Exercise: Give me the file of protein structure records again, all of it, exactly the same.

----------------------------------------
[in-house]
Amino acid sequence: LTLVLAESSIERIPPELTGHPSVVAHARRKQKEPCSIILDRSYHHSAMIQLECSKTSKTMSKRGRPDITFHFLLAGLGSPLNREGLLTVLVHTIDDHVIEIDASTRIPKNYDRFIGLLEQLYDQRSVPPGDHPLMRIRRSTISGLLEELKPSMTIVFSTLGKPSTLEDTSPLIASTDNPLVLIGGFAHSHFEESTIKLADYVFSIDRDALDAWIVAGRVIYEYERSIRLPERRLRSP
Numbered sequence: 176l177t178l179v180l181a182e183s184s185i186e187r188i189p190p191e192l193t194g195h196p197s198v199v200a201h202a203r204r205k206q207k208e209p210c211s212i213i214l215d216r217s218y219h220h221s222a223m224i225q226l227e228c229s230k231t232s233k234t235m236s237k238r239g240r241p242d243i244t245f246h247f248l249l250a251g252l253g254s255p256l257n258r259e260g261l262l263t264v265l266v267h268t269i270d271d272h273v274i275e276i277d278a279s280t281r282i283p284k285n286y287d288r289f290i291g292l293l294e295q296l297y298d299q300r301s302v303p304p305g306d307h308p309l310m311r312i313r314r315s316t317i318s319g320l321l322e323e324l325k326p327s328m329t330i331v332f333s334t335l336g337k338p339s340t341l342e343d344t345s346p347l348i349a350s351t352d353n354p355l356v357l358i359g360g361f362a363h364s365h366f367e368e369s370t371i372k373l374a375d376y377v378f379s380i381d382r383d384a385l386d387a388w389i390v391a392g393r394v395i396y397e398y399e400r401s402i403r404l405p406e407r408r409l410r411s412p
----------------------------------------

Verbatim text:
[in-house]
Amino acid sequence: LTLVLAESSIERIPPELTGHPSVVAHARRKQKEPCSIILDRSYHHSAMIQLECSKTSKTMSKRGRPDITFHFLLAGLGSPLNREGLLTVLVHTIDDHVIEIDASTRIPKNYDRFIGLLEQLYDQRSVPPGDHPLMRIRRSTISGLLEELKPSMTIVFSTLGKPSTLEDTSPLIASTDNPLVLIGGFAHSHFEESTIKLADYVFSIDRDALDAWIVAGRVIYEYERSIRLPERRLRSP
Numbered sequence: 176l177t178l179v180l181a182e183s184s185i186e187r188i189p190p191e192l193t194g195h196p197s198v199v200a201h202a203r204r205k206q207k208e209p210c211s212i213i214l215d216r217s218y219h220h221s222a223m224i225q226l227e228c229s230k231t232s233k234t235m236s237k238r239g240r241p242d243i244t245f246h247f248l249l250a251g252l253g254s255p256l257n258r259e260g261l262l263t264v265l266v267h268t269i270d271d272h273v274i275e276i277d278a279s280t281r282i283p284k285n286y287d288r289f290i291g292l293l294e295q296l297y298d299q300r301s302v303p304p305g306d307h308p309l310m311r312i313r314r315s316t317i318s319g320l321l322e323e324l325k326p327s328m329t330i331v332f333s334t335l336g337k338p339s340t341l342e343d344t345s346p347l348i349a350s351t352d353n354p355l356v357l358i359g360g361f362a363h364s365h366f367e368e369s370t371i372k373l374a375d376y377v378f379s380i381d382r383d384a385l386d387a388w389i390v391a392g393r394v395i396y397e398y399e400r401s402i403r404l405p406e407r408r409l410r411s412p